Sunday, December 27, 2009

The best I have watched

The other day, ( I seem to notice that is how a lot of my posts begin and therefore the unwillingness to change it) on my way to a cricket match (which shall feature later) I was narrating to the fellow travelers incidents from various matches that I have witnessed from a seat in the cricket stadium. It is then that I realized that if I made the list of the top moments that I have watched it would pretty much be a compilation of the top cricketing moments of the past decade from an Indian perspective. Here goes the list, not in any particular order.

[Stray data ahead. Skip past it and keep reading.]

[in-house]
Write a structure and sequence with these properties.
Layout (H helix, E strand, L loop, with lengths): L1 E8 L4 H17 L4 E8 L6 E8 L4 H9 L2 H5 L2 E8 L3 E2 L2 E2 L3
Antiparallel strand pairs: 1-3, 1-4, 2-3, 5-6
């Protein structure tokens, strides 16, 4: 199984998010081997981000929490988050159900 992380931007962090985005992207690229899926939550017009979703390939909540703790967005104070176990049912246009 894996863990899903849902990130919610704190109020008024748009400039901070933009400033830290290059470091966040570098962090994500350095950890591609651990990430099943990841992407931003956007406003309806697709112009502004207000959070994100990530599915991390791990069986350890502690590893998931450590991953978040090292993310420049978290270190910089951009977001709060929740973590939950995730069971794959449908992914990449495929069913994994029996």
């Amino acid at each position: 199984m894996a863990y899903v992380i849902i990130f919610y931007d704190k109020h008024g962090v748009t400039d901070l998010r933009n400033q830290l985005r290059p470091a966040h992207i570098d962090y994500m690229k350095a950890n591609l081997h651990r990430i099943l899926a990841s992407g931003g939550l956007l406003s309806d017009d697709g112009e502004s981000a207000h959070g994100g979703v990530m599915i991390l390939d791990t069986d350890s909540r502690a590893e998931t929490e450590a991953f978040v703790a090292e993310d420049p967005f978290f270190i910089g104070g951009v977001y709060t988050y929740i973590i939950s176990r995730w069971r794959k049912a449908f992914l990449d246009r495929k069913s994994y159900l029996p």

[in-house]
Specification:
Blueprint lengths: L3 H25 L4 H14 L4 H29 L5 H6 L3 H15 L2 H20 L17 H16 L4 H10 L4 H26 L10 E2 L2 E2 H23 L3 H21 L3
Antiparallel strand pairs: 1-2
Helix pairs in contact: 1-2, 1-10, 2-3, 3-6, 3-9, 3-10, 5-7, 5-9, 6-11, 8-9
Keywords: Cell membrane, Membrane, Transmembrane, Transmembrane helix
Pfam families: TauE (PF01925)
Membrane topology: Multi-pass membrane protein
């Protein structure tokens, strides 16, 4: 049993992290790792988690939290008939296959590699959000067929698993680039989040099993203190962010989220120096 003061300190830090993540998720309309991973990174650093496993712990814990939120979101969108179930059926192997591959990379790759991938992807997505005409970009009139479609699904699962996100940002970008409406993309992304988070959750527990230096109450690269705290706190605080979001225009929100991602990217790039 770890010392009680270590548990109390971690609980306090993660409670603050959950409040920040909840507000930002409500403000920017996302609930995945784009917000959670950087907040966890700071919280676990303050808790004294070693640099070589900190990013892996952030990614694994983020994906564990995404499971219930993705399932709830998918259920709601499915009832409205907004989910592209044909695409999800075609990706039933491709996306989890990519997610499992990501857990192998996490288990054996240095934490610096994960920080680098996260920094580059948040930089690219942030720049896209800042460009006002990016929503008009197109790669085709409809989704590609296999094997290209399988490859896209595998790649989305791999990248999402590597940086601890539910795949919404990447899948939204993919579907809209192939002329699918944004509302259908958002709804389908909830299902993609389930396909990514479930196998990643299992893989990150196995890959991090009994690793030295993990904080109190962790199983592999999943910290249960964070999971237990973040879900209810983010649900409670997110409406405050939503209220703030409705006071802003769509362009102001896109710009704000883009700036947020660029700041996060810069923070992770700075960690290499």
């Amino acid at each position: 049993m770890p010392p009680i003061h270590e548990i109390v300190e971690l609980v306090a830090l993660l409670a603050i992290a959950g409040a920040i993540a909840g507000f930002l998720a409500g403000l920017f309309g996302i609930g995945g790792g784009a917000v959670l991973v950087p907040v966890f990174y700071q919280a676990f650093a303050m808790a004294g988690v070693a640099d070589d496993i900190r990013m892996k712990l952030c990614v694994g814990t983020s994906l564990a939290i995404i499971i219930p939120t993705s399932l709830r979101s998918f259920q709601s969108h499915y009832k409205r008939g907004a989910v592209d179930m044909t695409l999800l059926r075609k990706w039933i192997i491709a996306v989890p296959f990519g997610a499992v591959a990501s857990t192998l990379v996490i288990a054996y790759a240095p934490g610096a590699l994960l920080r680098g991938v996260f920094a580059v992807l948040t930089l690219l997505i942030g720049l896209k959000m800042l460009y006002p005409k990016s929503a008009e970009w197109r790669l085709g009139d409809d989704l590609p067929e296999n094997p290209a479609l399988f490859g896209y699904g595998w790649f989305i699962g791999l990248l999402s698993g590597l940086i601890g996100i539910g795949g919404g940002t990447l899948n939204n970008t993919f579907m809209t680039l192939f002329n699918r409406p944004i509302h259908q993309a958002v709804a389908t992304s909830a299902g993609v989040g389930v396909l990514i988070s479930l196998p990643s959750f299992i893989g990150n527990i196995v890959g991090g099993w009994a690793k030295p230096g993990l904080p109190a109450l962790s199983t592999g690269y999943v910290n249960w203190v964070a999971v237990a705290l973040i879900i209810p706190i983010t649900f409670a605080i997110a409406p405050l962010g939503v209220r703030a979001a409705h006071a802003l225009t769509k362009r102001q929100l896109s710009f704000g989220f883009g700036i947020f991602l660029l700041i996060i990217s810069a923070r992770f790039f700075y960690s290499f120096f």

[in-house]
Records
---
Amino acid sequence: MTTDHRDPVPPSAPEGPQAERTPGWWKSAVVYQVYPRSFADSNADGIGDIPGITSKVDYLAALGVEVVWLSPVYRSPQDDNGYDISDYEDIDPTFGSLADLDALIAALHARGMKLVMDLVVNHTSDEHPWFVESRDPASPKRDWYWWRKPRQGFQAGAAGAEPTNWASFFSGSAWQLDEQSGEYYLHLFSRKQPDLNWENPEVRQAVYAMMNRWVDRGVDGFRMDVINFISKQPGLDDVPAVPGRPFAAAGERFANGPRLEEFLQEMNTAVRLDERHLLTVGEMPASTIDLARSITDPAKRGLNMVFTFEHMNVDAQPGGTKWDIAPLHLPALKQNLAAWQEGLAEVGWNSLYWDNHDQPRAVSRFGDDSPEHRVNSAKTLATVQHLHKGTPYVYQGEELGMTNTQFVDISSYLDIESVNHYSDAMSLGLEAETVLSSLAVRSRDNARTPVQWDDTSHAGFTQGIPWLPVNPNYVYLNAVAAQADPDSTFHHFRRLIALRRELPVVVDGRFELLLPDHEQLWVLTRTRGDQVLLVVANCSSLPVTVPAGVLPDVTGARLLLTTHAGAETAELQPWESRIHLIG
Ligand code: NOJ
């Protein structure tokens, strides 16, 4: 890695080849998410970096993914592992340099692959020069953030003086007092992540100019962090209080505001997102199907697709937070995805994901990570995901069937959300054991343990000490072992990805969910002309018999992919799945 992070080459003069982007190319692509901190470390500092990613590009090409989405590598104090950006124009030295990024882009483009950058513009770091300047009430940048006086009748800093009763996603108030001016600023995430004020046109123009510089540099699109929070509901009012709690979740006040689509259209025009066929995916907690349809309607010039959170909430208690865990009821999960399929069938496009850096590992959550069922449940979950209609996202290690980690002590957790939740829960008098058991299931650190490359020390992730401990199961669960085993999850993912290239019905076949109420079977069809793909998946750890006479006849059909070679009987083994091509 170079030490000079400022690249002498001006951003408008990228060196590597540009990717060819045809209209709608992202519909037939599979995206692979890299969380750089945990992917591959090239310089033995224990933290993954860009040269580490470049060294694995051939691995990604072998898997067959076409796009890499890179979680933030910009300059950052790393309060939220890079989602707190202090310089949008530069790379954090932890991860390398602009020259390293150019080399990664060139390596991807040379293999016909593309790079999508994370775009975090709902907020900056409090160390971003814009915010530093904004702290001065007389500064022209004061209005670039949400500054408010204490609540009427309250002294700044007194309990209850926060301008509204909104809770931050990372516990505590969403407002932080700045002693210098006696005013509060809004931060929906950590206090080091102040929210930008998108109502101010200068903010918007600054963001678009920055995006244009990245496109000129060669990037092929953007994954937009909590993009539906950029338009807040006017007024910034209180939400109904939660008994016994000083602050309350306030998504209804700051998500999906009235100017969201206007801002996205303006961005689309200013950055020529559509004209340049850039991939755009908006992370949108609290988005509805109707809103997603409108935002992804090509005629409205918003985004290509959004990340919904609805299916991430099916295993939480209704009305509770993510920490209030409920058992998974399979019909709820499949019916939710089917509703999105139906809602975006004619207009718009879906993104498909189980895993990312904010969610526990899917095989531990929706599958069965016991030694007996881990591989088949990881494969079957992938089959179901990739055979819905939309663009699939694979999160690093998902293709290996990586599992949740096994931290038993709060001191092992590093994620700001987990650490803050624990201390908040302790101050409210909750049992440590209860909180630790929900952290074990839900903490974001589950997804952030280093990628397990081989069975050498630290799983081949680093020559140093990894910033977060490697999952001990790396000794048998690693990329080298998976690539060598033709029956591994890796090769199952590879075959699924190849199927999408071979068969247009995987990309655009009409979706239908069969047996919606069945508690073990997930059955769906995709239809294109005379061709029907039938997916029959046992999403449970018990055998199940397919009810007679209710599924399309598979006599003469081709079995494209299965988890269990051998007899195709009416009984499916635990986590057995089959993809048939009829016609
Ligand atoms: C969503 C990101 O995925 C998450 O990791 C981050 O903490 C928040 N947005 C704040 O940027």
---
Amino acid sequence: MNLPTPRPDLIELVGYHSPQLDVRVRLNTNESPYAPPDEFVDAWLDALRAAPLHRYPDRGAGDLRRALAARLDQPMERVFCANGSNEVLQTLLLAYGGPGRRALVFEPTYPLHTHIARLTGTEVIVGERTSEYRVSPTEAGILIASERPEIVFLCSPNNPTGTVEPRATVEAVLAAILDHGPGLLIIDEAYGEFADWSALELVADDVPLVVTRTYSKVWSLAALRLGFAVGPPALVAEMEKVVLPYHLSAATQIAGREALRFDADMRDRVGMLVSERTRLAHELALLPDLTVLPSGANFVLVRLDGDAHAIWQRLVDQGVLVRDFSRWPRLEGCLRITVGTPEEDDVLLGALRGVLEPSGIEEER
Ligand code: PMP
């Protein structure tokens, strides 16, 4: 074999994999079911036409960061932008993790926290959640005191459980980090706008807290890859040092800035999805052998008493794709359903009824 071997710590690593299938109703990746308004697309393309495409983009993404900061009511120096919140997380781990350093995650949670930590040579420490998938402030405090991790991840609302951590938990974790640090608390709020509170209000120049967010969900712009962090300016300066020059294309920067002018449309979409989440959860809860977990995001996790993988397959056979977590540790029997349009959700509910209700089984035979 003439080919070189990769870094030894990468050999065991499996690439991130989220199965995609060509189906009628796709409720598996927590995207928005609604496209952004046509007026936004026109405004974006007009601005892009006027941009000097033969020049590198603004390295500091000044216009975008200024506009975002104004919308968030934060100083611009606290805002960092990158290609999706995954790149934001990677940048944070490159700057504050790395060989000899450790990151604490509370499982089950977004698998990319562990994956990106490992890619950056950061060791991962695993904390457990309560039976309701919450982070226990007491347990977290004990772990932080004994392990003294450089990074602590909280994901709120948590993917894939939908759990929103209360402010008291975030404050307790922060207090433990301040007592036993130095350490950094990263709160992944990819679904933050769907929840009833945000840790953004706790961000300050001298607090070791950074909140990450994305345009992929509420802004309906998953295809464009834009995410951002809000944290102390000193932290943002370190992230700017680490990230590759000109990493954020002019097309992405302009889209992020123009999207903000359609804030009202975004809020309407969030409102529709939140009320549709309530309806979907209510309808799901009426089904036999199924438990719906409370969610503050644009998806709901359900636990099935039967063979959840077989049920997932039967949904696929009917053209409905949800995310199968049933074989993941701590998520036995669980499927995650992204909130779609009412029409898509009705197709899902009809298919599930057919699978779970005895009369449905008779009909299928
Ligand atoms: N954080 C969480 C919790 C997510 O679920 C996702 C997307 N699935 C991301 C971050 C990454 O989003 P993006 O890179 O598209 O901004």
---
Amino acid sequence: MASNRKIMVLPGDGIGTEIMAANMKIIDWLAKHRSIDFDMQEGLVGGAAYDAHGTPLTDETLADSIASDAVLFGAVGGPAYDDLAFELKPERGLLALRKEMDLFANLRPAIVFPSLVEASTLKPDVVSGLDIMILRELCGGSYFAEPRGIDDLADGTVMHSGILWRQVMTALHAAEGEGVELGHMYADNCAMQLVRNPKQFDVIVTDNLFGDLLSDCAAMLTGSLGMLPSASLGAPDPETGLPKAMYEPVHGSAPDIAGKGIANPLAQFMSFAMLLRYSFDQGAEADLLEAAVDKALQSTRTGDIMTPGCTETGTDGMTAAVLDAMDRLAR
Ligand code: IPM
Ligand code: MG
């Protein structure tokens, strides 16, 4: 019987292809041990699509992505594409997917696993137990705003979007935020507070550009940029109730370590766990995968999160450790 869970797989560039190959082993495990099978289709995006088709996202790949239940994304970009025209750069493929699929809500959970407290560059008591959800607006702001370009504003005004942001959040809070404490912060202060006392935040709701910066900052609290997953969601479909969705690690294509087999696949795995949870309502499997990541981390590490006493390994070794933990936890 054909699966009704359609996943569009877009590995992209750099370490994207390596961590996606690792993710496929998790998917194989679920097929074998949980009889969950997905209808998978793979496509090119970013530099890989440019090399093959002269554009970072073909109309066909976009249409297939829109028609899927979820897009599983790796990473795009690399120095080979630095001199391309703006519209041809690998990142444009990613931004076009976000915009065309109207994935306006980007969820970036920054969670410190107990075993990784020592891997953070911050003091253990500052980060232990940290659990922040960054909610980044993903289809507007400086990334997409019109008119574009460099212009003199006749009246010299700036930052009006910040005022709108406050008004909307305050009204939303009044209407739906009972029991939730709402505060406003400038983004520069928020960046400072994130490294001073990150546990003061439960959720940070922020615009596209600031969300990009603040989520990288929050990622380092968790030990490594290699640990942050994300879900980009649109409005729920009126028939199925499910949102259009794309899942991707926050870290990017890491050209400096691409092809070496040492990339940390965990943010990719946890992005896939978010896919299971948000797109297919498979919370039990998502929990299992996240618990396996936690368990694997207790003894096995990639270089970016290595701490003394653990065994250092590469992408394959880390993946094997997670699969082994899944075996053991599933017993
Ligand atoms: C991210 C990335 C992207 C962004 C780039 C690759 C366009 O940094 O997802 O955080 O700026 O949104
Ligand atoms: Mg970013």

India vs Pakistan, Chennai, 1999